Today I wanted to talk about a very simple technique for making barbecue a little bit more flexible when it comes to when it’s done early on. I heard it’s done when it’s done and the longer I barbecue the more. I find that to be true, so recently I learned about this little trick. It was for a catering problem. I was running into in terms of finishing everything in a way that I could get it all done at the same time, and somebody suggested this is over at the smoky meat forums, if you’re not already reading them or searching them or using them.
You need to start because they have a ton of great information. I’M learning new stuff all the time through that. But the idea was once you finish or once you’re your cook finishes. You usually wrap it, for I usually do between a half hour and an hour of resting time that allows everything to distribute. So if I’ve cooked it, this is going to be my meat example, because, unfortunately I don’t have a nicely smoked meat. How could me right now if this is how it smoked up flip it wrap it in foil, let it rest for 30 minutes to an hour. So as it’s doing that, if you need to prolong, let’s say it finishes at 3:30, but you’re not eating till 5:00. This technique will bail you out.
Basically, you have your piece of meat wrapped in foil, set it inside a towel. I call these our meat towels because I’m allowed to use these for barbecue stuff, so it’s wrapped in foil, wrapped in the towel place it in your cooler, which is actually kind of a funny name. I’Ve always thought of them being something that keeps things cool. It’S actually just an insulator, so keep things warm as well place it in. If you want, you can line it with a towel.
Bottom put a couple towels in whatever you want to do, and then boiling water, hot water pour it on the towel, then shut it and you’re done. I’Ve read people say that they they’ve used that trick anywhere up to eight hours and occasionally they’ll. Just put some more hot water in, I haven’t done it for that long, only done it for maybe an hour or two, and in fact, one of the ways that some people like to finish ribs is once the ribs are done in the smoker put them in Foil, pour either apple juice or apple cider, vinegar on there just a little bit, not a ton. Just so there’s some moisture, wrap it back in foil and then put them in a towel, and they let them sit in there for about two hours.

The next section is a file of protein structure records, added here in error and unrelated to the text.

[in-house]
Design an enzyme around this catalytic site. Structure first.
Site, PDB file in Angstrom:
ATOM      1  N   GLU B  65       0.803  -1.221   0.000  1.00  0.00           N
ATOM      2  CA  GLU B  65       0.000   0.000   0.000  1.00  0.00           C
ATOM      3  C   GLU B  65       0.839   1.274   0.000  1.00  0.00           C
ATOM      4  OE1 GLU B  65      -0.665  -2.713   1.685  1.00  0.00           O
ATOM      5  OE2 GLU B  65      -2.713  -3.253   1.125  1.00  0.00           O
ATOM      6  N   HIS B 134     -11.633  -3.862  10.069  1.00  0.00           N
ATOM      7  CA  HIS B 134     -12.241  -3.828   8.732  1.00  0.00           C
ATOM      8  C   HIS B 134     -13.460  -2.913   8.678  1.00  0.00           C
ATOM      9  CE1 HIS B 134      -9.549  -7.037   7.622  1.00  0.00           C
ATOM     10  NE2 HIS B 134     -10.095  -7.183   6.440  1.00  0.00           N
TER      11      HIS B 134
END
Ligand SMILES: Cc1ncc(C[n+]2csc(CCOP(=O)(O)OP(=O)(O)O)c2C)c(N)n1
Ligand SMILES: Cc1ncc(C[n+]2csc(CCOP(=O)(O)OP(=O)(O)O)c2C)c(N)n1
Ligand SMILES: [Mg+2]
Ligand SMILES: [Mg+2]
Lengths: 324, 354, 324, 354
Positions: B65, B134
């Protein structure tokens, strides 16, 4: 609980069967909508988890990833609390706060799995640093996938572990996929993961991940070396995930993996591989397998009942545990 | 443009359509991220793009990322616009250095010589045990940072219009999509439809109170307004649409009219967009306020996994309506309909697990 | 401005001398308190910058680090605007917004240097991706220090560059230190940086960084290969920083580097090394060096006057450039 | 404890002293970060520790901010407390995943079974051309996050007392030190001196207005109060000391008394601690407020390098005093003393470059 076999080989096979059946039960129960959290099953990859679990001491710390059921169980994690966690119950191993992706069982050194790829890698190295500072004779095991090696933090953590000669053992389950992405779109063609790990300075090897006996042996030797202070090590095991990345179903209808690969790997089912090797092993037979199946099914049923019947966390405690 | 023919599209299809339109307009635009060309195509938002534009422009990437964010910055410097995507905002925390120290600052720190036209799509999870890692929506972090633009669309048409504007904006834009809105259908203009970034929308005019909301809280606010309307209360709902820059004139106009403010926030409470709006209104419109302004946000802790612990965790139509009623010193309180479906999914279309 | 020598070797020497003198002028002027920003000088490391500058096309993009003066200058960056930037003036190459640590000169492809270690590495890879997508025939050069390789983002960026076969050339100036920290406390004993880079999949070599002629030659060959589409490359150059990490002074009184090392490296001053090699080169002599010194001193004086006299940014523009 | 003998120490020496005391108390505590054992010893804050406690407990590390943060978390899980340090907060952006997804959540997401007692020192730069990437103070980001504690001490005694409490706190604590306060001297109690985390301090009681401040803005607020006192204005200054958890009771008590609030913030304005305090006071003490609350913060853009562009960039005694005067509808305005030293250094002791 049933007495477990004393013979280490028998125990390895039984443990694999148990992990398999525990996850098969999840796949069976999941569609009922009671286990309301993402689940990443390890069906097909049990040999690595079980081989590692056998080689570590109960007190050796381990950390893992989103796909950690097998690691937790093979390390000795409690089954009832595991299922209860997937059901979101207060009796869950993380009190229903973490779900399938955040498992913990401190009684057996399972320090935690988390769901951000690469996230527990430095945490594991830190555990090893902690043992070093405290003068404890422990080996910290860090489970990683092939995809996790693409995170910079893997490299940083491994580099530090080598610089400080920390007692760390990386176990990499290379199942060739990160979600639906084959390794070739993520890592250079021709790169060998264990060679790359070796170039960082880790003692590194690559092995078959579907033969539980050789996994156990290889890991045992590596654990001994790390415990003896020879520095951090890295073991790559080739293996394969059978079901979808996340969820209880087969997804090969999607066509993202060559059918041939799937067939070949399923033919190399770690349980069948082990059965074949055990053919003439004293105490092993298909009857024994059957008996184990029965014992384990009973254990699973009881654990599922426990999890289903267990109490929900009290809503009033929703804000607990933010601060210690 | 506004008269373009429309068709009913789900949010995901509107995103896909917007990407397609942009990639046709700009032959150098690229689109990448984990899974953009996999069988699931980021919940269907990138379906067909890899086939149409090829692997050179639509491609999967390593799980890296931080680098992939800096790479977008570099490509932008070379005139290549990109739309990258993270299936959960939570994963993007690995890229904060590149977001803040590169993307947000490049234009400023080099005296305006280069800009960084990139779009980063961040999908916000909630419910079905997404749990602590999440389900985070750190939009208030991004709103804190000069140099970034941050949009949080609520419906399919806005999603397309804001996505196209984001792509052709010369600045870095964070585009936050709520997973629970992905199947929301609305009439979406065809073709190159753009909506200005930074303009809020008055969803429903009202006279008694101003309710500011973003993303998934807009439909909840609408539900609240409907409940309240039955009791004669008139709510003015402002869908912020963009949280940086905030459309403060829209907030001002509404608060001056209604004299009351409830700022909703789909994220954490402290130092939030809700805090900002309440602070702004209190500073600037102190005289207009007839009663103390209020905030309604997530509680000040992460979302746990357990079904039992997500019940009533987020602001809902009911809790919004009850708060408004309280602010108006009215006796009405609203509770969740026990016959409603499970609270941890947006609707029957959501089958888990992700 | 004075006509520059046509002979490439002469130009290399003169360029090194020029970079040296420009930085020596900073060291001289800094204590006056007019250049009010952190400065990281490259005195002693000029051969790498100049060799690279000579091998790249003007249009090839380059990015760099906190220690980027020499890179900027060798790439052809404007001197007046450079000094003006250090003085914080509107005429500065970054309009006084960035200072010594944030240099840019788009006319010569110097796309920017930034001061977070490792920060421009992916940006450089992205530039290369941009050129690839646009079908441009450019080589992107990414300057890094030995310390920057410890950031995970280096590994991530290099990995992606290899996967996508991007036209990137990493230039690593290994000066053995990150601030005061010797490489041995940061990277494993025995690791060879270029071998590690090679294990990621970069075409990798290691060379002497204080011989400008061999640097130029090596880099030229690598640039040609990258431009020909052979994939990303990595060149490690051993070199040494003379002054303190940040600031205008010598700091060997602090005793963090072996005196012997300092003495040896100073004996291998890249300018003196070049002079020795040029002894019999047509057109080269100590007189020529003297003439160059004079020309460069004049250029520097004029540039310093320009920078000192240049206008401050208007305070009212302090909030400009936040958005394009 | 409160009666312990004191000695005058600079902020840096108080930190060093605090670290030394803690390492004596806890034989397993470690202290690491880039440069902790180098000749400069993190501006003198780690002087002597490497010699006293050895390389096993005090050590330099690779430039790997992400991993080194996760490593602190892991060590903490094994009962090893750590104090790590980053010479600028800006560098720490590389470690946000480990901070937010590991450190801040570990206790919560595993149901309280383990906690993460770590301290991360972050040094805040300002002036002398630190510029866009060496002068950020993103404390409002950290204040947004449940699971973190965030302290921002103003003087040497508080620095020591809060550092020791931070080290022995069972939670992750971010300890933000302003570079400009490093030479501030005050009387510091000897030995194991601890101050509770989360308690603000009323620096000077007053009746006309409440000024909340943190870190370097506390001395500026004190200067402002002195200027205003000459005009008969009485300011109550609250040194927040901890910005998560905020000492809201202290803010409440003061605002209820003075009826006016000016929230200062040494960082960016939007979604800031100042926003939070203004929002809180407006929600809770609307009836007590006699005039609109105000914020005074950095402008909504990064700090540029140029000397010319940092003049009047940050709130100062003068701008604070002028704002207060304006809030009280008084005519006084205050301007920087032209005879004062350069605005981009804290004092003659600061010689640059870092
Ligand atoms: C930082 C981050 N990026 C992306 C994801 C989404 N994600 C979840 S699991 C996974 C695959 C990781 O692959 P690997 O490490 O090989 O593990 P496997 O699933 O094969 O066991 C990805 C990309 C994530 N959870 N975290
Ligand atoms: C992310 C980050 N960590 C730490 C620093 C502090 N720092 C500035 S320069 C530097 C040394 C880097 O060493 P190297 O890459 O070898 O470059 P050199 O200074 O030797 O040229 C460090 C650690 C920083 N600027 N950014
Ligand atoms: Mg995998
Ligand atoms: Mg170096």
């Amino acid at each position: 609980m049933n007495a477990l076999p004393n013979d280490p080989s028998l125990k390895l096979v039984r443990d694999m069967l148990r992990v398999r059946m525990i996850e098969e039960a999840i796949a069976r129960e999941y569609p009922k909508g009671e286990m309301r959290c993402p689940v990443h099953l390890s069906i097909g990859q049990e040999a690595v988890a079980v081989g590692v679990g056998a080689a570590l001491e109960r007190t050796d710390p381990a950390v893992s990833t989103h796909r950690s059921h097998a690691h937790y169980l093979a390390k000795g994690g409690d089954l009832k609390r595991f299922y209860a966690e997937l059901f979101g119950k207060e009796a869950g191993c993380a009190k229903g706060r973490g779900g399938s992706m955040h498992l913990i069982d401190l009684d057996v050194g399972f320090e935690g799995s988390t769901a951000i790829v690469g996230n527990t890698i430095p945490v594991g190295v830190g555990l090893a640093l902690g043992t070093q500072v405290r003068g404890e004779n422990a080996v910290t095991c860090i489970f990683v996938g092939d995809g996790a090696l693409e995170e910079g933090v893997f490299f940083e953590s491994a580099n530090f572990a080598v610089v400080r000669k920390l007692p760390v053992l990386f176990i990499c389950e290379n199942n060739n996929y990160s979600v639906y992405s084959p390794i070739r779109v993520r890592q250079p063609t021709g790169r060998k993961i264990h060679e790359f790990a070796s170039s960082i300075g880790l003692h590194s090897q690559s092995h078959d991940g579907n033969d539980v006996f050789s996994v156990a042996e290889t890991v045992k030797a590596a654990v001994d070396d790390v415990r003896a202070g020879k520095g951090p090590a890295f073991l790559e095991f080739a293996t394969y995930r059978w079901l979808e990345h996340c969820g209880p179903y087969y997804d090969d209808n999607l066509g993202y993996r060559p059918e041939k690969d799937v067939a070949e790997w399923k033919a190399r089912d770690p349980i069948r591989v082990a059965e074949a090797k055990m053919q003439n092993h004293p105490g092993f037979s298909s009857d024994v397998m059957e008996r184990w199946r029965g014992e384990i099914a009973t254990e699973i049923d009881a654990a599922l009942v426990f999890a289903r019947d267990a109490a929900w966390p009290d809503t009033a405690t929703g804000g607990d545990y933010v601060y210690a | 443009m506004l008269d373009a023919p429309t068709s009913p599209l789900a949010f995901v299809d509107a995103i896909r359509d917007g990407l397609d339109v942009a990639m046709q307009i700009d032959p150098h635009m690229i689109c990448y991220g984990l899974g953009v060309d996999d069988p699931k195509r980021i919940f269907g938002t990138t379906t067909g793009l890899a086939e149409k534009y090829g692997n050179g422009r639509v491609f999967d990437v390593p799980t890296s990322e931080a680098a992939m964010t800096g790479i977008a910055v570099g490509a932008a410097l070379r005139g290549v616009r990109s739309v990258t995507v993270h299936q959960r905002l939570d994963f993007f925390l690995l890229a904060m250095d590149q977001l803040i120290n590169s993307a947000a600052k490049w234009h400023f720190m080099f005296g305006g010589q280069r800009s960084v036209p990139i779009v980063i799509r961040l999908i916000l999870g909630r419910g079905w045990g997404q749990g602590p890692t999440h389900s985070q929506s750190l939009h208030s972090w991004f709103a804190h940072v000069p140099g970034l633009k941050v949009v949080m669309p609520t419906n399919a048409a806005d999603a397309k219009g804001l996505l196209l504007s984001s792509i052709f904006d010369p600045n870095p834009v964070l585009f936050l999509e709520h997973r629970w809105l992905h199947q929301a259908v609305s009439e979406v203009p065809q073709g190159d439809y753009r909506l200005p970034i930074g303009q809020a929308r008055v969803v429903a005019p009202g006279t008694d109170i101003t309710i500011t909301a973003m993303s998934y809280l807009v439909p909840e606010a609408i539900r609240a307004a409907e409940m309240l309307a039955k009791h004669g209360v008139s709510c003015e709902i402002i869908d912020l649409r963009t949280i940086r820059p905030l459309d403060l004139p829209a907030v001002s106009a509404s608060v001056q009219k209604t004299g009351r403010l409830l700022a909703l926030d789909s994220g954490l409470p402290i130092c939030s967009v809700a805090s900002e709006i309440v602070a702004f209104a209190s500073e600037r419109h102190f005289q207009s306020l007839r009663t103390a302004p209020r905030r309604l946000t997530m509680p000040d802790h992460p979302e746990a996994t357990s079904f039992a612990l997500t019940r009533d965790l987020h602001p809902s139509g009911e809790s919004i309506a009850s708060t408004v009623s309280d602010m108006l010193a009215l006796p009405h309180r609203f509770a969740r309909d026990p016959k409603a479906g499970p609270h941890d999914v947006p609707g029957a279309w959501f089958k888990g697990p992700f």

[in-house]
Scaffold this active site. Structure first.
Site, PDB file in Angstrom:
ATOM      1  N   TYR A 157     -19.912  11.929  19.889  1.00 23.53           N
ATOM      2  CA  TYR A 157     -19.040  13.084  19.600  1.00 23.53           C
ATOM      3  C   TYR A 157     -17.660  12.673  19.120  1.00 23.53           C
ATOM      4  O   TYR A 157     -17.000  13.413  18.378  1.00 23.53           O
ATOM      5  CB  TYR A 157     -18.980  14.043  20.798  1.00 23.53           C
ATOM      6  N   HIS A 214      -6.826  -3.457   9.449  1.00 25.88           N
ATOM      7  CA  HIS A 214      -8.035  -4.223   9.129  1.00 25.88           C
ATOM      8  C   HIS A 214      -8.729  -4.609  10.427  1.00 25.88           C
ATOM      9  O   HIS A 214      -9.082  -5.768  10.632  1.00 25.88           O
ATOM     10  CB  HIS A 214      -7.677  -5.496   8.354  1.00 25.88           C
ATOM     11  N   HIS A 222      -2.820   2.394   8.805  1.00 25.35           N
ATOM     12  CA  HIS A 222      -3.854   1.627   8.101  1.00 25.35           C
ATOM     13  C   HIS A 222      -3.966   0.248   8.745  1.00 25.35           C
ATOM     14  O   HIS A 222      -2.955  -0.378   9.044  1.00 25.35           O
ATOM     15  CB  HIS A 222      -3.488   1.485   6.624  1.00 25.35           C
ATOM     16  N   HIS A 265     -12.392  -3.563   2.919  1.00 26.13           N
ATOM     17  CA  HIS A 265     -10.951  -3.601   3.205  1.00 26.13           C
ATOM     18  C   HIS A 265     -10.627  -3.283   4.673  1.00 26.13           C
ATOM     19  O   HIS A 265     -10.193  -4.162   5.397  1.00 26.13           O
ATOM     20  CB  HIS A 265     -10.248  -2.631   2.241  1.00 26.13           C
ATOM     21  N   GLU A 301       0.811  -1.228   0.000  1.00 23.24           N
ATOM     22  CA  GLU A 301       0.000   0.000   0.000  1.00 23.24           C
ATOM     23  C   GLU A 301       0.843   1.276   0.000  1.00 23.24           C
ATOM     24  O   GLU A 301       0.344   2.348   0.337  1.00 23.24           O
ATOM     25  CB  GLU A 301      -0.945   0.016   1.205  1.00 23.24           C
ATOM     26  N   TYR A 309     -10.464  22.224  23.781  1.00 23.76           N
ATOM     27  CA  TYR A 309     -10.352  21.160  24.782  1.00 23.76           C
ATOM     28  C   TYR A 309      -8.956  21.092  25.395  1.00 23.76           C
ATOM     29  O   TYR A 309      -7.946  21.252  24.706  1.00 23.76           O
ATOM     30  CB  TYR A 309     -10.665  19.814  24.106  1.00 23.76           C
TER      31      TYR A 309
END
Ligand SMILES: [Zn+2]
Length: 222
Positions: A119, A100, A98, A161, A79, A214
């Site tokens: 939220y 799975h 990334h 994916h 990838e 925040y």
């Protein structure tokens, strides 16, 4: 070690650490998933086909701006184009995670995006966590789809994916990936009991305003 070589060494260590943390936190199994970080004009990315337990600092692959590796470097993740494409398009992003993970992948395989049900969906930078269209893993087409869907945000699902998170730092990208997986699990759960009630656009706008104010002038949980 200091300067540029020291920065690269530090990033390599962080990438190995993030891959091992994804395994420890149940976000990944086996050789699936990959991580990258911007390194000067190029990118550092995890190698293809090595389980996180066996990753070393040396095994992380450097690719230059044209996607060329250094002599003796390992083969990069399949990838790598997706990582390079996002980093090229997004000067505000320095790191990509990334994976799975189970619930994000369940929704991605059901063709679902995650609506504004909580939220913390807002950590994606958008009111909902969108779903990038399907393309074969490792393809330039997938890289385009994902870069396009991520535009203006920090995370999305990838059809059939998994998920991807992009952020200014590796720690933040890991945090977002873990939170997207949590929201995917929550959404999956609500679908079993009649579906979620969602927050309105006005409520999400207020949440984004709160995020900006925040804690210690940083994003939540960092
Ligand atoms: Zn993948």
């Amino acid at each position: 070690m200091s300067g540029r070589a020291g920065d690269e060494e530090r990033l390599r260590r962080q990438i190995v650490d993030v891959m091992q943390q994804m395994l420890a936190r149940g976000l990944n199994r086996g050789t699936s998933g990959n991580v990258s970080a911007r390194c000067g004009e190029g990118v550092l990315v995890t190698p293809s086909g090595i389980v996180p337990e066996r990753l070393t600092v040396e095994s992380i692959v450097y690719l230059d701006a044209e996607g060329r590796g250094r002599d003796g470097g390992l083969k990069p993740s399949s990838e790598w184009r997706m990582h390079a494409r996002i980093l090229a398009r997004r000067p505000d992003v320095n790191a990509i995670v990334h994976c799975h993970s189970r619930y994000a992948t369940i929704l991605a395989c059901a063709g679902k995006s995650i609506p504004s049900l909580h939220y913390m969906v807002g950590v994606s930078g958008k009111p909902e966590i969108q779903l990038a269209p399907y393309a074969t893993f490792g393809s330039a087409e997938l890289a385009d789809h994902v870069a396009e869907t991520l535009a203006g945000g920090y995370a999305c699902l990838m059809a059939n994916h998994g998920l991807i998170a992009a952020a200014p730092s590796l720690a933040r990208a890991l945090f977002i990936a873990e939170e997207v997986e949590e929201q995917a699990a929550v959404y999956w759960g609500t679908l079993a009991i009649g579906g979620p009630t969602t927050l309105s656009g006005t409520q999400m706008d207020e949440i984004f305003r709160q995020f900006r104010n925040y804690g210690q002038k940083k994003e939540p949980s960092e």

Everything I’ve pulled out of this. The cooler using this technique is it’s smoking, it’s hot, so I feel extremely comfortable doing it and keeping it safe in terms of temperatures. If you’re concerned about it, you can either use one of those remote probes and just run it out the side. The the gap in in it’s shedding shouldn’t be enough to cause you any major issues. Obviously, if you have a wireless one, that’s fine too, or you can have one of those normal thermometers just to meet temperature thermometer in there, so that when you check it, you can verify that the temperatures in where you want it to be so yeah hope. That’S helpful: it makes barbecue enjoying barbecue a little bit more flexible for dinnertime